What Can Be Done to Encourage Civic Engagement in Youth?

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Discipline 1 Political science
Discipline 2
Publication Title What Can Be Done to Encourage Civic Engagement in Youth?
Description What can be done to encourage civic engagement in youth? The observations here draw on a ten-year study of citizenship education that I conducted in five countries: Denmark, Germany, the Netherlands, the United Kingdom, and the United States.Each country has had universal suffrage and public education since at least early in the 20th century. Their populations, while unique, share many civic beliefs and values, including the importance of citizen participation and respect for individual rights. Beginning in 1985, I sampled secondary schools from among the different types of schools prevalent in each country and within its different regions. I collected data in approximately 50 schools across the five nations, administering questionnaires to almost 4000 adolescents ages 14-19. The questionnaires contained scales to measure student political attitudes concerning interest, trust, and efficacy (the belief that citizens can influence decisions); student political behaviors, such as following the news and discussing politics; and student perceptions as to whether the classroom climate encouraged them to express their beliefs about controversial issues. What can be done to encourage civic engagement in youth? The observations here draw on a ten-year study of citizenship education that I conducted in five countries: Denmark, Germany, the Netherlands, the United Kingdom, and the United States.1 Each country has had universal suffrage and public education since at least early in the 20th century. Their populations, while unique, share many civic beliefs and values, including the importance of citizen participation and respect for individual rights. Beginning in 1985, I sampled secondary schools from among the different types of schools prevalent in each country and within its different regions. I collected data in approximately 50 schools across the five nations, administering questionnaires to almost 4000 adolescents ages 14-19. The questionnaires contained scales to measure student political attitudes concerning interest, trust, and efficacy (the belief that citizens can influence decisions); student political behaviors, such as following the news and discussing politics; and student perceptions as to whether the classroom climate encouraged them to express their beliefs about controversial issues. This study of citizenship education across five democracies indicates that when students frequently discuss controversial issues in their classes, when they perceive that several sides of issues are presented and discussed, and when they feel comfortable expressing their views, they are more likely to develop attitudes that foster later civic participation than do students without such experiences. Here are glimpses into the ways teachers in each nation used elements of issues-centered content and pedagogy and took steps to promote an open classroom climate.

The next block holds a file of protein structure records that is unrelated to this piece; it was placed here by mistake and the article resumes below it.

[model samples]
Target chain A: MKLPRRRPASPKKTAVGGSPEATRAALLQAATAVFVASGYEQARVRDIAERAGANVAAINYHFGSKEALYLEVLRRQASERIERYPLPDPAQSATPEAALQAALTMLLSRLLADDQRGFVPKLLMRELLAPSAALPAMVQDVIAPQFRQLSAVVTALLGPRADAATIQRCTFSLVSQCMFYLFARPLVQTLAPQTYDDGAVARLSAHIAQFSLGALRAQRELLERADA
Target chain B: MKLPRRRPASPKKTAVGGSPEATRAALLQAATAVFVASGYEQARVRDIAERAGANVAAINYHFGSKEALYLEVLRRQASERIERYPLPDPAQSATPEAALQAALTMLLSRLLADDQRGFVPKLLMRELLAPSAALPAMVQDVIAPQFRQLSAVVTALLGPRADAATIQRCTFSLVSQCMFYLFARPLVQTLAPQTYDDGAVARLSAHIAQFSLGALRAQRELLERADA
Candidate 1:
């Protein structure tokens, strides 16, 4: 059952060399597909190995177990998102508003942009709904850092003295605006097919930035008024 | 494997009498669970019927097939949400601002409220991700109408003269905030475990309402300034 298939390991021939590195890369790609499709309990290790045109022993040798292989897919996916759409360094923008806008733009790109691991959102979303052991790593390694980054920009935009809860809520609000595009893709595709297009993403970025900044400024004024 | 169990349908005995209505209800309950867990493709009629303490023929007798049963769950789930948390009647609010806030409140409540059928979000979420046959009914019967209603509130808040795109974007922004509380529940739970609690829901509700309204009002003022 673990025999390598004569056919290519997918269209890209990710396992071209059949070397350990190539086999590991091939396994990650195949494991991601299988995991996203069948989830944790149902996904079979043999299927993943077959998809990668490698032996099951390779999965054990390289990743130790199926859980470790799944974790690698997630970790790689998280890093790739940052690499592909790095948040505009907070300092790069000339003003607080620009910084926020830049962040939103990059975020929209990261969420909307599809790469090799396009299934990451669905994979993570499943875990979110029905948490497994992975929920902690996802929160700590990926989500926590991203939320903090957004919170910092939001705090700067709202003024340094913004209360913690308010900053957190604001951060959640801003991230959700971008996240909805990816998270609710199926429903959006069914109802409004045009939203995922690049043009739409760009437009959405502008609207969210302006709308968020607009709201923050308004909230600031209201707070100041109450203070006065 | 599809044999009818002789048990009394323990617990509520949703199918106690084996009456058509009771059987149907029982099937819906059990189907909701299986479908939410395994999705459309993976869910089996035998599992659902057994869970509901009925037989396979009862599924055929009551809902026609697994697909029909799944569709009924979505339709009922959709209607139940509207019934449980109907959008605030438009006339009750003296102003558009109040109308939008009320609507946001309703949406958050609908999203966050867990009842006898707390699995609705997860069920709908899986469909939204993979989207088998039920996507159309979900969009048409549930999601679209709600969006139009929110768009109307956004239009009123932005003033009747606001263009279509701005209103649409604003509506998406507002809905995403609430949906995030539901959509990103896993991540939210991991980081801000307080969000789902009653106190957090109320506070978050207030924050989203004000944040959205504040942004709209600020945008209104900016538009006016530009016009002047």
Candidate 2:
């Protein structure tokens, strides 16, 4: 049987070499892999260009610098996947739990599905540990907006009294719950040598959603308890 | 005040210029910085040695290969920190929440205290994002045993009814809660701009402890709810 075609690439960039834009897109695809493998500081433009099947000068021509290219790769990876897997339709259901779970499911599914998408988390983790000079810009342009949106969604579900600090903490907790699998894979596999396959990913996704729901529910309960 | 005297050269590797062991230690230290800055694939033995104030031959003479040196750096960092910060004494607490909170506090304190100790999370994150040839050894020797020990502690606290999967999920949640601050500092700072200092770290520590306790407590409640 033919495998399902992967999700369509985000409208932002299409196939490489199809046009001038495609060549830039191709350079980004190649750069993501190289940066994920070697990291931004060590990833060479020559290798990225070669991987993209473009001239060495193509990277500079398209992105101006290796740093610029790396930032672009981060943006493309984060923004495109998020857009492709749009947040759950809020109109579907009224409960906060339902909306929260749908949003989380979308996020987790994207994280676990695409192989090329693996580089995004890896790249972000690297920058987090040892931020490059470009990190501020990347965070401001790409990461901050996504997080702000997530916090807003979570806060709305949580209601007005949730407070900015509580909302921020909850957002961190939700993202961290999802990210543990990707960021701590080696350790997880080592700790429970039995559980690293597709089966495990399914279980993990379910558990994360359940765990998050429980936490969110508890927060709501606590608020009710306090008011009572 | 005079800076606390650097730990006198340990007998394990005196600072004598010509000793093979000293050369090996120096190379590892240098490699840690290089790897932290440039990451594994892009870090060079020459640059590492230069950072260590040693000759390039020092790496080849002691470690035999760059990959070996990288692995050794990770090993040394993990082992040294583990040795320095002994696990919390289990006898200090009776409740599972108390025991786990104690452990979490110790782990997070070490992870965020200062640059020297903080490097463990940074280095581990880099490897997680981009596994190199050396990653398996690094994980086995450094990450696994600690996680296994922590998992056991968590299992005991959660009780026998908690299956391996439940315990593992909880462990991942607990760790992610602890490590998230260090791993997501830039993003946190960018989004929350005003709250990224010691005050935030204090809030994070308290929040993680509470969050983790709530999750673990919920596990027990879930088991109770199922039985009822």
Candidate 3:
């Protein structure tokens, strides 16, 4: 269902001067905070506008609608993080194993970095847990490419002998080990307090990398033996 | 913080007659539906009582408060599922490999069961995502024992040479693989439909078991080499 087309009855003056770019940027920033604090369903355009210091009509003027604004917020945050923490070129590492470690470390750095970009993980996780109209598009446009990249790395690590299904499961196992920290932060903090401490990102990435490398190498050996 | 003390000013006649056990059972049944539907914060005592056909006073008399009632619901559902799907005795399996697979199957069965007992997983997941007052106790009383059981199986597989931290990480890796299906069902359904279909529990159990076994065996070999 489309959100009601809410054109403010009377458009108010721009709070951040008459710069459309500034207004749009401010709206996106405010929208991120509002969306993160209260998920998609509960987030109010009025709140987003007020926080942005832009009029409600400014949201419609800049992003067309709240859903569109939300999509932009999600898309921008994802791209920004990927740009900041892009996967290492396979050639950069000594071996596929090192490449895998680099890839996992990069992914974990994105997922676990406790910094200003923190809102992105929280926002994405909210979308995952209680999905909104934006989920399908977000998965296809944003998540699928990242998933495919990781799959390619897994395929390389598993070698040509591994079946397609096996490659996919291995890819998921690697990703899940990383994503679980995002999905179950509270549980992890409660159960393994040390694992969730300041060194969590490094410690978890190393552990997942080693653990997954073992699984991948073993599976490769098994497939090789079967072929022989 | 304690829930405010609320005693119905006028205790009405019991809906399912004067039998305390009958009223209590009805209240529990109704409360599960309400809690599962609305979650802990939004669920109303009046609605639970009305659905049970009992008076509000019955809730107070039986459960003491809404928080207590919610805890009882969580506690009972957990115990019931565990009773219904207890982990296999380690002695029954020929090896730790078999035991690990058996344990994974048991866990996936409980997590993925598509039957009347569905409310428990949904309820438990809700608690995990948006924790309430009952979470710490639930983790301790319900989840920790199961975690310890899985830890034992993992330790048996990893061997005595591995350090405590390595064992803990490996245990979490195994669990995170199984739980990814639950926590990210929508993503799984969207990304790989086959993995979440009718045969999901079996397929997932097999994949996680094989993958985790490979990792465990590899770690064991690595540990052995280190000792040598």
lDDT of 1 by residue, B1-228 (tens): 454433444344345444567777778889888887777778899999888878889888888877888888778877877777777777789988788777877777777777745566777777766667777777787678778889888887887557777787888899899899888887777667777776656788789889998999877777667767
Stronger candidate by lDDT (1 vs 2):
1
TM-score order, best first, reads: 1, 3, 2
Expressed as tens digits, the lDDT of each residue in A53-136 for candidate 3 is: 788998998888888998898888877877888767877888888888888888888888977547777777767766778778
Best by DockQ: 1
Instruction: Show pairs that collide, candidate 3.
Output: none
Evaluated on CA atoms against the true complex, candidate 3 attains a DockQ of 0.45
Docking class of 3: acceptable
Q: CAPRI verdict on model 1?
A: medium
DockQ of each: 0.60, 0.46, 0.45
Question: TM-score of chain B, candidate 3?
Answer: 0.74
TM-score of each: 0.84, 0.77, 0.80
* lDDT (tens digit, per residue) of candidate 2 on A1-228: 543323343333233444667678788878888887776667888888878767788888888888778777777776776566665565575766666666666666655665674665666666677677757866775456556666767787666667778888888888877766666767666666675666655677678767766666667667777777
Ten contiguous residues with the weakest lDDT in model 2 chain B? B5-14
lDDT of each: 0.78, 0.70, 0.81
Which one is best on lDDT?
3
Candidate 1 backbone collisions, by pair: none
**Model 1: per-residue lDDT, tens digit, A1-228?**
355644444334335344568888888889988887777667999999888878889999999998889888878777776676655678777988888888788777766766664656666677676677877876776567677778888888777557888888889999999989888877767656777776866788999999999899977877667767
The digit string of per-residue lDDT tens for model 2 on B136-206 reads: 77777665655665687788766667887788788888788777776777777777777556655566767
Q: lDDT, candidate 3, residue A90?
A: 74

Publication Year 2003
Publication Author Carole Hahn
Publication Type Study
Publisher Journal of Political Science Education
Major Funders
Publication Link